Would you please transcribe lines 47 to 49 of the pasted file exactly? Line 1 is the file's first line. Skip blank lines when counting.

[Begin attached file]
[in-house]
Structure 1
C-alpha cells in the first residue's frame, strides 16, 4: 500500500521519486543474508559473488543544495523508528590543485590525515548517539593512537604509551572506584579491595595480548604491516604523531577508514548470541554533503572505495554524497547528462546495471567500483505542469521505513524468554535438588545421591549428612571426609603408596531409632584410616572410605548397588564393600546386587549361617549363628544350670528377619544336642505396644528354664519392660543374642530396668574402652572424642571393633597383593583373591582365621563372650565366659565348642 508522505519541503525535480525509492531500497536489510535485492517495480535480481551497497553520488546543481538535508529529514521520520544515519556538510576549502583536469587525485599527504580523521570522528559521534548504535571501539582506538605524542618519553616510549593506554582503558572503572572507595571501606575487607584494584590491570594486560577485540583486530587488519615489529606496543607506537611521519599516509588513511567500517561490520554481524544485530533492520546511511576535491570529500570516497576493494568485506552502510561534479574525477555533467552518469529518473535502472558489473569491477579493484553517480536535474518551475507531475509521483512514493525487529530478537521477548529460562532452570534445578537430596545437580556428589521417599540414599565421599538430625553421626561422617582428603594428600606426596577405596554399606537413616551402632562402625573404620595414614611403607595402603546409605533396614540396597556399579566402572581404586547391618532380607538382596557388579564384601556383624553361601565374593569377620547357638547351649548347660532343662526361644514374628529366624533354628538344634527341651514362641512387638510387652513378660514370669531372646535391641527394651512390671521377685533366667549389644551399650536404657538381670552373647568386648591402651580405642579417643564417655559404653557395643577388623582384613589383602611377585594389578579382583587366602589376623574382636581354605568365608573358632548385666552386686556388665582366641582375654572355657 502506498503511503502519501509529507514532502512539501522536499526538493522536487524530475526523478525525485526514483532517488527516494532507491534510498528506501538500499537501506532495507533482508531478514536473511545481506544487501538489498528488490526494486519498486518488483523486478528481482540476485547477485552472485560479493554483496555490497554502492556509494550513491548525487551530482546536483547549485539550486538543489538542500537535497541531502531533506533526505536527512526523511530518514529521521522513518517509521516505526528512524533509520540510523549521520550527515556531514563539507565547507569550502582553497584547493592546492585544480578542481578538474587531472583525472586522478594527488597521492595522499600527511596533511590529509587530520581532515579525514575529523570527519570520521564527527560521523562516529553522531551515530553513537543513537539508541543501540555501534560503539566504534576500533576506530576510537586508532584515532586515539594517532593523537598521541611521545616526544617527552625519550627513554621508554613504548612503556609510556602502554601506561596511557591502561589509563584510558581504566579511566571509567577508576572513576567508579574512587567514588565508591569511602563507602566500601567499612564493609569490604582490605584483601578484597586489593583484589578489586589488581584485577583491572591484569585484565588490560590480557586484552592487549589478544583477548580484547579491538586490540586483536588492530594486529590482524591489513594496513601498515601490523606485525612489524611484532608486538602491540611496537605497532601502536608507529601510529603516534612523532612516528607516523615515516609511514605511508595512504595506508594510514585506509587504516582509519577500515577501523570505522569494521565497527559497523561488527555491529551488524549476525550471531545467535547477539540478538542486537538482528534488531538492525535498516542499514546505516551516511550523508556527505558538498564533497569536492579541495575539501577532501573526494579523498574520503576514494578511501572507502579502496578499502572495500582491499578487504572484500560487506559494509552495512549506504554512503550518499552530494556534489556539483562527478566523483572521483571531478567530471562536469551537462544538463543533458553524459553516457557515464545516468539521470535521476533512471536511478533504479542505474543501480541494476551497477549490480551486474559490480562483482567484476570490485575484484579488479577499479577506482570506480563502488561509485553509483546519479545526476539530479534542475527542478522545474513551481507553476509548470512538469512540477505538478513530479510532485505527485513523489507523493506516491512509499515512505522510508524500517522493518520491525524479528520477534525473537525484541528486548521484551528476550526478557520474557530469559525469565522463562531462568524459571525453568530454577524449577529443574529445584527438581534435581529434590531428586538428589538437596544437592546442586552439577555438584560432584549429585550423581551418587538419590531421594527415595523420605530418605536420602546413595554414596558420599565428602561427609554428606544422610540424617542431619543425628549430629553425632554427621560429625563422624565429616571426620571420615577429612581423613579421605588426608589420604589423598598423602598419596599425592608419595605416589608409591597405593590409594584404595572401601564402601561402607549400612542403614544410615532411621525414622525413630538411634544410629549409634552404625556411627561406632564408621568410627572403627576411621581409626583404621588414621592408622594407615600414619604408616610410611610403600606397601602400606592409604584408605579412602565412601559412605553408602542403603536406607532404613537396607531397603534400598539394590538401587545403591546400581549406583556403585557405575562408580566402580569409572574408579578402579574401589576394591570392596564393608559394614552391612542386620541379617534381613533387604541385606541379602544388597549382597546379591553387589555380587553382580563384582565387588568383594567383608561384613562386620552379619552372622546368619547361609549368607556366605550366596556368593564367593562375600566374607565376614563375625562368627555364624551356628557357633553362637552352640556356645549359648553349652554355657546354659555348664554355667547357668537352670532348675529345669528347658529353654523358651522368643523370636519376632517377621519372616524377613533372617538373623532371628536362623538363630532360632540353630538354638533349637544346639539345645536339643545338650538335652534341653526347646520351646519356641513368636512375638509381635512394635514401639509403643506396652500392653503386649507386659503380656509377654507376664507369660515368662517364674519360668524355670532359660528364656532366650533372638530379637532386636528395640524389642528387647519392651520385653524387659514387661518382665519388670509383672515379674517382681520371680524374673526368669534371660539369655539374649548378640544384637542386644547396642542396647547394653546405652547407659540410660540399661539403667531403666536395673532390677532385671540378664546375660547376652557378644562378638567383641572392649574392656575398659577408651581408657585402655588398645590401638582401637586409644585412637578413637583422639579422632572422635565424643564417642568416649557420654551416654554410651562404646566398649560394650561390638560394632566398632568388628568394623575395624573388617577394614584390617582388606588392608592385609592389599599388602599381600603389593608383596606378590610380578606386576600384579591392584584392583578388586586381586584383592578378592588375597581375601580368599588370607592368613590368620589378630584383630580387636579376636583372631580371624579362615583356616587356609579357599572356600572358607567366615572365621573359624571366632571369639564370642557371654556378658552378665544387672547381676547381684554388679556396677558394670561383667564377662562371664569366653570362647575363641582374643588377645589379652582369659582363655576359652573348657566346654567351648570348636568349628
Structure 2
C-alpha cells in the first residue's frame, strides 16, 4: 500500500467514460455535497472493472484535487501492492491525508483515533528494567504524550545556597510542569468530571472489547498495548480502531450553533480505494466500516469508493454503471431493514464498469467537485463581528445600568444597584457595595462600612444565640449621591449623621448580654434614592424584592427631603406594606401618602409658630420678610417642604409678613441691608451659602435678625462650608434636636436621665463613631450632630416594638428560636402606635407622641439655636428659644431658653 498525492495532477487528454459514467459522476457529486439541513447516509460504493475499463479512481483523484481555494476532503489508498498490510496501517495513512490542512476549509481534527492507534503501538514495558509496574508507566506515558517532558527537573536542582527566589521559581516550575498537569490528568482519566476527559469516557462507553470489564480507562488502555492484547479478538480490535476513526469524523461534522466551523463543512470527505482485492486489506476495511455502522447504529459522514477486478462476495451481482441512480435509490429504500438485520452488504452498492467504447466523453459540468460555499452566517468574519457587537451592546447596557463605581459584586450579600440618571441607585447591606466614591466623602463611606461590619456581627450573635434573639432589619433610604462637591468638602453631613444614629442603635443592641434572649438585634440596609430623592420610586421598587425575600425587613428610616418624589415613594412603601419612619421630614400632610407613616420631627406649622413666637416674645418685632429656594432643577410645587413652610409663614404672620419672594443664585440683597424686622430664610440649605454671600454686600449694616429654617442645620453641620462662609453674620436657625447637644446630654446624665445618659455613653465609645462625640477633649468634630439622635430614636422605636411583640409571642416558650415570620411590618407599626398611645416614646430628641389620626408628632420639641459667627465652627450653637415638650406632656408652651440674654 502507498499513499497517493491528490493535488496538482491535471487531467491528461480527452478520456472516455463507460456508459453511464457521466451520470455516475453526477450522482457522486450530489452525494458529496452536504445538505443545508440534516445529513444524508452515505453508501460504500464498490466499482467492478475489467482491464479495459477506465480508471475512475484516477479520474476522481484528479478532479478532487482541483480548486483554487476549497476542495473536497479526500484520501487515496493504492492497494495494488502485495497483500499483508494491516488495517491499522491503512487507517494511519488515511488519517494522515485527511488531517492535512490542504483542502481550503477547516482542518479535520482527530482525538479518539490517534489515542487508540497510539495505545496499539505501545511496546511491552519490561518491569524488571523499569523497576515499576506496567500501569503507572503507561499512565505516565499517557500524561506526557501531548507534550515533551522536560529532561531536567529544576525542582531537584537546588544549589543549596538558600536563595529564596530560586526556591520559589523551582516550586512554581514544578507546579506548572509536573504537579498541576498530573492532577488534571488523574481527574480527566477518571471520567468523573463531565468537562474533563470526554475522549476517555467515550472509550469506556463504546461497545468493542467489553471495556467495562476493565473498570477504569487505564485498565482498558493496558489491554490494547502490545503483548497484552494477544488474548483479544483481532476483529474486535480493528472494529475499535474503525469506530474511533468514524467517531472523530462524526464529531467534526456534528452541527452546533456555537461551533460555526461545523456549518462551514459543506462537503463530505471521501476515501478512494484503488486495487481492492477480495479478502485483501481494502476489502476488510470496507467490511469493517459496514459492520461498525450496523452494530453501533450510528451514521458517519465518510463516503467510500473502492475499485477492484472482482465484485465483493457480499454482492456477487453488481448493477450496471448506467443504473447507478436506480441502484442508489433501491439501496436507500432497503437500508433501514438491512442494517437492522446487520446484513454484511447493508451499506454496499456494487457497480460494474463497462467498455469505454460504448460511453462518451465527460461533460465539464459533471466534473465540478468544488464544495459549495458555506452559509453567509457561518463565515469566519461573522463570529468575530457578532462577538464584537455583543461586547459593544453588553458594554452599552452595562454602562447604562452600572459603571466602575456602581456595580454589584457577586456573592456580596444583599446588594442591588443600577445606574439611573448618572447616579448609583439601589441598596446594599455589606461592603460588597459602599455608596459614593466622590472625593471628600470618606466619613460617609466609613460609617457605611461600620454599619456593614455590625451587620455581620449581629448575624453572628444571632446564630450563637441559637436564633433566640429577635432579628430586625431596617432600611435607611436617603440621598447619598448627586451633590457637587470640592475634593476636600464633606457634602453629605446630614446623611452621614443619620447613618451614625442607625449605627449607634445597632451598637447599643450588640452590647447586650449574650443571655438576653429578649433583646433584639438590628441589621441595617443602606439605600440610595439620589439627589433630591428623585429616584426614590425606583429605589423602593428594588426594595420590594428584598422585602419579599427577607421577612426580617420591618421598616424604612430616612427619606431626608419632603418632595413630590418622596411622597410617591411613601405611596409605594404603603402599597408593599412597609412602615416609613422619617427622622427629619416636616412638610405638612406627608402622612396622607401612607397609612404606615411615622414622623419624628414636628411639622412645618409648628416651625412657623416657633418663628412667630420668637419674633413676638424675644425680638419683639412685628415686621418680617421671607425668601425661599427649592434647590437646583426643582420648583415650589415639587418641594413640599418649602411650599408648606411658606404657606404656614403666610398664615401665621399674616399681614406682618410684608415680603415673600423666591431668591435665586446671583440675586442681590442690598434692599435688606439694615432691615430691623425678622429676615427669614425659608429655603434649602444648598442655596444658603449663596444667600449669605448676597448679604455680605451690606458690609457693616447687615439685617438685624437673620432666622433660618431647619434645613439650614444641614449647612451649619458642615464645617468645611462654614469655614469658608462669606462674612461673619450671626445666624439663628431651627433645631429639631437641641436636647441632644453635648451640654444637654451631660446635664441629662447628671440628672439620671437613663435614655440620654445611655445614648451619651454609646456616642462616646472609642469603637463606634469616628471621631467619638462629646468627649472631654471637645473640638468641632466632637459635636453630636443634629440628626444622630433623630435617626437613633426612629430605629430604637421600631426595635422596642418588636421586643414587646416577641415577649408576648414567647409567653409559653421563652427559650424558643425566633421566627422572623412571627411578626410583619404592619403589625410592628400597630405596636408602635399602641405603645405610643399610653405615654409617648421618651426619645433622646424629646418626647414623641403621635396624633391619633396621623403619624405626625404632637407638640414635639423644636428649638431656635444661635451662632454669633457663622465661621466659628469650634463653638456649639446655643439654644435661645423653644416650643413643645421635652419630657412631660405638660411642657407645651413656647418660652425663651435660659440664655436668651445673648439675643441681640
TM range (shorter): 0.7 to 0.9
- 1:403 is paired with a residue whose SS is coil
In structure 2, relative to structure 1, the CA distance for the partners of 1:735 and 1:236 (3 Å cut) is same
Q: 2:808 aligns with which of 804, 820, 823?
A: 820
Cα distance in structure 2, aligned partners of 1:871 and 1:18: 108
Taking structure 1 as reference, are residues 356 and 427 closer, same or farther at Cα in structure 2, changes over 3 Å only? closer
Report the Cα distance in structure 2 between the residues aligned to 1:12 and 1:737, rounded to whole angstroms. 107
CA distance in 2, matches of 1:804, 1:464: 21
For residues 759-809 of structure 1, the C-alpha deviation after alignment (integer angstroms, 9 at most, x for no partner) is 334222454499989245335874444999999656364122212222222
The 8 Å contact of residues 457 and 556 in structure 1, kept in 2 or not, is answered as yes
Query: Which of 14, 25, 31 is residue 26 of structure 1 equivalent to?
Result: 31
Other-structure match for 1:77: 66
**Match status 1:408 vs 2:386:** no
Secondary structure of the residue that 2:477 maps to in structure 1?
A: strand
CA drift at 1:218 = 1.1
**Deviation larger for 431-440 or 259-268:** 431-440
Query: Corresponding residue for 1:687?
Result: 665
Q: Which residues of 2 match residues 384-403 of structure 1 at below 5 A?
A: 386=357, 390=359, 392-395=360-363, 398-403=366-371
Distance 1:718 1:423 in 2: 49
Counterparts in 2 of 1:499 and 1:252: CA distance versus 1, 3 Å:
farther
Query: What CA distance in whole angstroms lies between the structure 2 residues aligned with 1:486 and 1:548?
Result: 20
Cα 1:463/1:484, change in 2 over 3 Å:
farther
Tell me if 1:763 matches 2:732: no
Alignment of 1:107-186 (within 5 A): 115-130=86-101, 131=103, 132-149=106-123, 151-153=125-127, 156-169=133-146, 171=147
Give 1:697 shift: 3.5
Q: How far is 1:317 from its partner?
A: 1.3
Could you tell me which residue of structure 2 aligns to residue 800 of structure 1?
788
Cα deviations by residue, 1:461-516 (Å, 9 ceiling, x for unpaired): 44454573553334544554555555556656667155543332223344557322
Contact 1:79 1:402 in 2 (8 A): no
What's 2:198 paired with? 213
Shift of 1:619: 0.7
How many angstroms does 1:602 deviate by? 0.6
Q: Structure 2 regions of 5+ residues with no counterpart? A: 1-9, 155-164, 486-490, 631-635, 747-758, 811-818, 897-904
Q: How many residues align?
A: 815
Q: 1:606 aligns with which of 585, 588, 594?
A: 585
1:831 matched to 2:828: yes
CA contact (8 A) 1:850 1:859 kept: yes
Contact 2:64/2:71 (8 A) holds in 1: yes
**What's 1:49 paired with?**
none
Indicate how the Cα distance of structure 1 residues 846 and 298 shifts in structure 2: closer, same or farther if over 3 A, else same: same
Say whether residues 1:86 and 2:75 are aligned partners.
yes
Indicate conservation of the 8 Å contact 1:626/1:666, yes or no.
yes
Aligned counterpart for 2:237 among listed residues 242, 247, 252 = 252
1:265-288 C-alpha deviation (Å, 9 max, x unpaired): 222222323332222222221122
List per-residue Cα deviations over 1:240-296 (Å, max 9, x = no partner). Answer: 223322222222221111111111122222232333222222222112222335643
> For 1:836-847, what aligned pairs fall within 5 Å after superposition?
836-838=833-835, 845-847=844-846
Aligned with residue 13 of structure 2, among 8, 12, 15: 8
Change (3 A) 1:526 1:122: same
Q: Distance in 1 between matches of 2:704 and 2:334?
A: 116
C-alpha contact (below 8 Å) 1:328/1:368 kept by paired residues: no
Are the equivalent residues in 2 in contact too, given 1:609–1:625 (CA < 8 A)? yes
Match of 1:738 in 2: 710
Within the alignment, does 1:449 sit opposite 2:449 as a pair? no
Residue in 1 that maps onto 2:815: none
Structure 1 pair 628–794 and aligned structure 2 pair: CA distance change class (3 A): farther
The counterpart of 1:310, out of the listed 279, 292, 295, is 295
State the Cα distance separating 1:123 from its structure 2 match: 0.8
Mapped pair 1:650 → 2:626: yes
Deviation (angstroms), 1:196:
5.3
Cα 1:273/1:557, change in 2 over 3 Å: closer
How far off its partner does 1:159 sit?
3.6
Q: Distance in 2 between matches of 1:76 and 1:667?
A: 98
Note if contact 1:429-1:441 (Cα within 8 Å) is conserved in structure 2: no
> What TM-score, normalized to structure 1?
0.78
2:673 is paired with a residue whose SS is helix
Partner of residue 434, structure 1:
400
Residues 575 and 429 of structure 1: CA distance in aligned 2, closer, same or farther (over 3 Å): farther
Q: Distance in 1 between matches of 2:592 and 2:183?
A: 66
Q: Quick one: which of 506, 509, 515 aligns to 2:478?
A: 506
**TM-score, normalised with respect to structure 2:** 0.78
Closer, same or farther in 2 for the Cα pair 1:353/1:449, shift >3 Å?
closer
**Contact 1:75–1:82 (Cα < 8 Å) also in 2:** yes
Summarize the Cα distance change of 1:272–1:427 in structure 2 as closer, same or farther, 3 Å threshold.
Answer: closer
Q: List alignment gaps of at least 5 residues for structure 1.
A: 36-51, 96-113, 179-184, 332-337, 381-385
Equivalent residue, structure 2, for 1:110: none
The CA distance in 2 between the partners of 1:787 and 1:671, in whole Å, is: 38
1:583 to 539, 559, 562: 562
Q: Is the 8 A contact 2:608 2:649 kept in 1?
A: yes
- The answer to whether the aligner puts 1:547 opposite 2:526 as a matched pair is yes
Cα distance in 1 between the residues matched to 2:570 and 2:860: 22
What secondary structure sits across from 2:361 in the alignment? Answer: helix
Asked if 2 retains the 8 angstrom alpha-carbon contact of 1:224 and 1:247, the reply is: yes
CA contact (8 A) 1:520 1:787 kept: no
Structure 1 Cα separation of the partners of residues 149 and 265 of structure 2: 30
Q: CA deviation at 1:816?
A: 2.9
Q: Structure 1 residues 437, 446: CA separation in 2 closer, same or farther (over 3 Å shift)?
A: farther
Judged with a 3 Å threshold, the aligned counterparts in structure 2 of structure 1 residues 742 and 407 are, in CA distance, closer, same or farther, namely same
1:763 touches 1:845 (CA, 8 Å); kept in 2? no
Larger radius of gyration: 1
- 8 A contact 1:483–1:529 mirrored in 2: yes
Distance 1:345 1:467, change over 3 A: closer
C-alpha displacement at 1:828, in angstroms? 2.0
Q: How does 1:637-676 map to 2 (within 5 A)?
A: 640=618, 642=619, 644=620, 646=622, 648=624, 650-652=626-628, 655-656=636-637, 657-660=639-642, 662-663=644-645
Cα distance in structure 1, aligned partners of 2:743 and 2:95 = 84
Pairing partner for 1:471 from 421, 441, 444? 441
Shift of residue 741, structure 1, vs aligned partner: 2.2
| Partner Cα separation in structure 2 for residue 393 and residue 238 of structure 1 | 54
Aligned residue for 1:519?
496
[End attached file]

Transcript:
How many angstroms does 1:602 deviate by? 0.6
Q: Structure 2 regions of 5+ residues with no counterpart? A: 1-9, 155-164, 486-490, 631-635, 747-758, 811-818, 897-904
Q: How many residues align?